The state of Missouri alone has lost $468 million per year in uncollected online sales tax revenue over the past decade: $4.68 billion in total, according to a new study from David Valentine, a public policy professor at the University of Missouri. The study estimates that Missouri will lose another $1.4 billion in sales tax revenue to online retailers between 2011 and 2014. (h/t the Kansas City Star.)
To put that lost tax revenue into perspective, that $468 million would comprise 38 percent of Missouri's entire annual education budget, which state lawmakers are slashing.
Some states have tried to collect sales tax from online retailers voluntarily, but their efforts have largely failed, according to the study. On average, the 24 states collecting voluntary online sales tax revenue collected $30.7 million in online sales tax revenue between 2005 and 2010. Missouri is not one of those 24 states.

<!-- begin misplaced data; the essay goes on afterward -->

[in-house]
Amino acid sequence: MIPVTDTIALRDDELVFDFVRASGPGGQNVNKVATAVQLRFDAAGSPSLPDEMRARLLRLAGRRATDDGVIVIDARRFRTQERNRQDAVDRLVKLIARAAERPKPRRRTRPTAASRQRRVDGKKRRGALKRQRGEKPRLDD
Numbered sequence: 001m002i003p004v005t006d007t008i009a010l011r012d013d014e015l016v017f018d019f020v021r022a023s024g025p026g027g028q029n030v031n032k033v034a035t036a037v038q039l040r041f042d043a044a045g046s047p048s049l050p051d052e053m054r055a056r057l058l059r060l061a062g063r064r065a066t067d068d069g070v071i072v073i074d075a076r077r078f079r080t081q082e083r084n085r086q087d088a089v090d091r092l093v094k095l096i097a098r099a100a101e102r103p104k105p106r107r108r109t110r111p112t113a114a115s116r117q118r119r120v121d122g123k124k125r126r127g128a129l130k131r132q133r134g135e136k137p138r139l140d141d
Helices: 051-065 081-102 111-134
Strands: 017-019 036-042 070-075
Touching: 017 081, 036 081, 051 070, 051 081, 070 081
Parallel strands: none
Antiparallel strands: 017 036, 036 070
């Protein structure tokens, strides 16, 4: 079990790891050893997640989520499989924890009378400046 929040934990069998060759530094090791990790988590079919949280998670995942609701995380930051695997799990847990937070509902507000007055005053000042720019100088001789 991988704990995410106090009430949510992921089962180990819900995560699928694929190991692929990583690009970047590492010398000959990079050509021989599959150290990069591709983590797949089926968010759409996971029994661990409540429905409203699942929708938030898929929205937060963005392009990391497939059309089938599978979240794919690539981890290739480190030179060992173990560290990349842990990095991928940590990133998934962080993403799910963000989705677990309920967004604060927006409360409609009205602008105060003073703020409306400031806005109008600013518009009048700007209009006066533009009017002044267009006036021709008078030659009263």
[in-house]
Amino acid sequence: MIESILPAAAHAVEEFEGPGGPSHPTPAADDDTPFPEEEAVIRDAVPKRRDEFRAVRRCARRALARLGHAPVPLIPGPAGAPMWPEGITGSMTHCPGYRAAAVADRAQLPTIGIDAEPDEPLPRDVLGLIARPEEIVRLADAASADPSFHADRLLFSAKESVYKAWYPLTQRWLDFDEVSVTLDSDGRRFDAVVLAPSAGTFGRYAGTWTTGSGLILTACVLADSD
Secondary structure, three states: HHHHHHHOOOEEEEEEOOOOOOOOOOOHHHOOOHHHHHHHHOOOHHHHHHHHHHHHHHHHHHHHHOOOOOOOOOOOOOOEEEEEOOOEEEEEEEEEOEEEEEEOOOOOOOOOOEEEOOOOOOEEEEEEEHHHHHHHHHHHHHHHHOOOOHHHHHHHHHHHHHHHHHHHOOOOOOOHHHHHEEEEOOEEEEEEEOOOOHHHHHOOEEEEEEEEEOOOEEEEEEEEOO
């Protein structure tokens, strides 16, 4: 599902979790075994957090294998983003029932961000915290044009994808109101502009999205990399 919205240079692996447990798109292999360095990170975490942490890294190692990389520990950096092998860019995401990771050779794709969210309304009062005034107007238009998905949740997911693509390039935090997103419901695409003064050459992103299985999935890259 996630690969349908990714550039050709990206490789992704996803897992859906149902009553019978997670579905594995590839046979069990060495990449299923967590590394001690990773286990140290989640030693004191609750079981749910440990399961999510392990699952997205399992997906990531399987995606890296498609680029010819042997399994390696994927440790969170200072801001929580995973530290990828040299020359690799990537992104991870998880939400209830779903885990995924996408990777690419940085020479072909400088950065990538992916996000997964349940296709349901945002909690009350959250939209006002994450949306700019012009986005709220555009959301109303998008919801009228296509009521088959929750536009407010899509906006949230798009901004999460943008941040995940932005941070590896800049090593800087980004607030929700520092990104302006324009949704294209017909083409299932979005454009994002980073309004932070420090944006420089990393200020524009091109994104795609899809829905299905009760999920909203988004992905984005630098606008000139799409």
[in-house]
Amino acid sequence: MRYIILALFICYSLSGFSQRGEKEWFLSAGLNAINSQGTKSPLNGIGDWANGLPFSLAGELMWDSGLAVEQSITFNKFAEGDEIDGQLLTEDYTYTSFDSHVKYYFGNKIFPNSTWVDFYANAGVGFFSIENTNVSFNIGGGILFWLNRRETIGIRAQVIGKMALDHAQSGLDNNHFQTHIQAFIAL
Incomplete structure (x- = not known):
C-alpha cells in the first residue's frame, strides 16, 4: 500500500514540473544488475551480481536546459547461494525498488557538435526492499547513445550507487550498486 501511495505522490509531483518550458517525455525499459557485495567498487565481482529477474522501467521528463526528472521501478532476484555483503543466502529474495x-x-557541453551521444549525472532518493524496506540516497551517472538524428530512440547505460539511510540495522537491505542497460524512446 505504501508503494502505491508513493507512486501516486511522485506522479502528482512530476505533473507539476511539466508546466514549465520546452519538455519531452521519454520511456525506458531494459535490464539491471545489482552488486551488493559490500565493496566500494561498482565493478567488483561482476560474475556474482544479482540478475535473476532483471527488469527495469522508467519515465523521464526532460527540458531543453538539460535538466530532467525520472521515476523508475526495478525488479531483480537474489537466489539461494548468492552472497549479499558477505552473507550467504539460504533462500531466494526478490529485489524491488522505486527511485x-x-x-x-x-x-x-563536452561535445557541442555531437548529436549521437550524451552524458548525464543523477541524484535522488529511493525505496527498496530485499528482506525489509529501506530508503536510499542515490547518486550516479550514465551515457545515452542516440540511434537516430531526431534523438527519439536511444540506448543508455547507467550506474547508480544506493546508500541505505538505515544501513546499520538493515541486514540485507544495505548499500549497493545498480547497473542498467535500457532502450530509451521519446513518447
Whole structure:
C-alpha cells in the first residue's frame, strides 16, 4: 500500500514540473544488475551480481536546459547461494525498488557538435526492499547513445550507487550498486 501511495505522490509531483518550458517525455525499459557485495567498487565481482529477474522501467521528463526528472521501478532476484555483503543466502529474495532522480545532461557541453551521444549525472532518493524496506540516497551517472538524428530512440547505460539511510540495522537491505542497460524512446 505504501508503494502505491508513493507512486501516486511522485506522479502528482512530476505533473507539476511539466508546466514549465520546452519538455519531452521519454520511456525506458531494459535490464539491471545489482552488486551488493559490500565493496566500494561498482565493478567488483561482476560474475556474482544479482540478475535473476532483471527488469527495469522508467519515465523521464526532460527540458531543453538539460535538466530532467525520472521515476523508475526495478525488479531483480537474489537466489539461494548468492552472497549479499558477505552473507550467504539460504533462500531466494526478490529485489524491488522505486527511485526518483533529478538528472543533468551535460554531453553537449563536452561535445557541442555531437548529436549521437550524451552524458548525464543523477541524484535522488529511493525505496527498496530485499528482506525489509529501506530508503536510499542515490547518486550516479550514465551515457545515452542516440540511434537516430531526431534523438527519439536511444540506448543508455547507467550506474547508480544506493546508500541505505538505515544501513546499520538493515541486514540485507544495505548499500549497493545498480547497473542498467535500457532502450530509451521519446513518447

Online retailers are taking advantage of a 1992 Supreme Court decision that mandates that states cannot force online retailers to pay sales taxes unless they have a physical connection to the state, according to NPR. Amazon.com does not have a physical presence in most states and is based in Seattle.
Online retailers have also been paying minimal federal income taxes. Apple paid a top tax rate of 9.8 percent last year, Google paid a tax rate of 11.9 percent, and Amazon.com paid a tax rate of 3.5 percent, according to the Greenlining Institute. This is thanks in part to the fact that online retailers such as Apple and Google claim they are selling their products online around the world from low-tax countries such as Luxembourg, the Netherlands, Ireland, and the British Virgin Islands, according to The New York Times and Bloomberg News.
Correction: An earlier version of this story incorrectly said that Amazon was based in California.